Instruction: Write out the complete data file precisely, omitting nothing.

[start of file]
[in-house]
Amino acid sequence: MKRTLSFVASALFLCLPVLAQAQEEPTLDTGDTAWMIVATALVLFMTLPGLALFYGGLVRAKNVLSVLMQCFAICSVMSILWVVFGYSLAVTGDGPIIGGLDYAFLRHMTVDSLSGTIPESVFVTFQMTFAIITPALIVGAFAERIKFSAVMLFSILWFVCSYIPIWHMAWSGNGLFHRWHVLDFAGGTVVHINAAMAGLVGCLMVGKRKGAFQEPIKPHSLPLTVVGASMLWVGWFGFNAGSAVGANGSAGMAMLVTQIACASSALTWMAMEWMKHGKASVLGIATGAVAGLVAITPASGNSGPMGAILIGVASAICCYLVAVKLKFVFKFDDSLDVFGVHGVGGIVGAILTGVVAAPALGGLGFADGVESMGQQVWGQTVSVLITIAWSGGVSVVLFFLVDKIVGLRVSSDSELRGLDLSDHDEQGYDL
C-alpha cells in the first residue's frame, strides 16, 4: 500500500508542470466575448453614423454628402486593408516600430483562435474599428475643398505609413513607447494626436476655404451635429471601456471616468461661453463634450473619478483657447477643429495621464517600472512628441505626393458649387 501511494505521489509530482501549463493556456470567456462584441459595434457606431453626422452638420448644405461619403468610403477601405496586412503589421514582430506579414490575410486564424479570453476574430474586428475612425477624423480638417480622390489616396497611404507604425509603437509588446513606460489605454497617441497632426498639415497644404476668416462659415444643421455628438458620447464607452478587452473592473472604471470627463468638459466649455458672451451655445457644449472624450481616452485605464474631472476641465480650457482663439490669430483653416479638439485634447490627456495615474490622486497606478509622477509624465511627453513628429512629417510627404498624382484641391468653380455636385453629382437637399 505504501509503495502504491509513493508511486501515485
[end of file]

[in-house]
Amino acid sequence: MKRTLSFVASALFLCLPVLAQAQEEPTLDTGDTAWMIVATALVLFMTLPGLALFYGGLVRAKNVLSVLMQCFAICSVMSILWVVFGYSLAVTGDGPIIGGLDYAFLRHMTVDSLSGTIPESVFVTFQMTFAIITPALIVGAFAERIKFSAVMLFSILWFVCSYIPIWHMAWSGNGLFHRWHVLDFAGGTVVHINAAMAGLVGCLMVGKRKGAFQEPIKPHSLPLTVVGASMLWVGWFGFNAGSAVGANGSAGMAMLVTQIACASSALTWMAMEWMKHGKASVLGIATGAVAGLVAITPASGNSGPMGAILIGVASAICCYLVAVKLKFVFKFDDSLDVFGVHGVGGIVGAILTGVVAAPALGGLGFADGVESMGQQVWGQTVSVLITIAWSGGVSVVLFFLVDKIVGLRVSSDSELRGLDLSDHDEQGYDL
C-alpha cells in the first residue's frame, strides 16, 4: 500500500508542470466575448453614423454628402486593408516600430483562435474599428475643398505609413513607447494626436476655404451635429471601456471616468461661453463634450473619478483657447477643429495621464517600472512628441505626393458649387 501511494505521489509530482501549463493556456470567456462584441459595434457606431453626422452638420448644405461619403468610403477601405496586412503589421514582430506579414490575410486564424479570453476574430474586428475612425477624423480638417480622390489616396497611404507604425509603437509588446513606460489605454497617441497632426498639415497644404476668416462659415444643421455628438458620447464607452478587452473592473472604471470627463468638459466649455458672451451655445457644449472624450481616452485605464474631472476641465480650457482663439490669430483653416479638439485634447490627456495615474490622486497606478509622477509624465511627453513628429512629417510627404498624382484641391468653380455636385453629382437637399 505504501509503495502504491509513493508511486501515485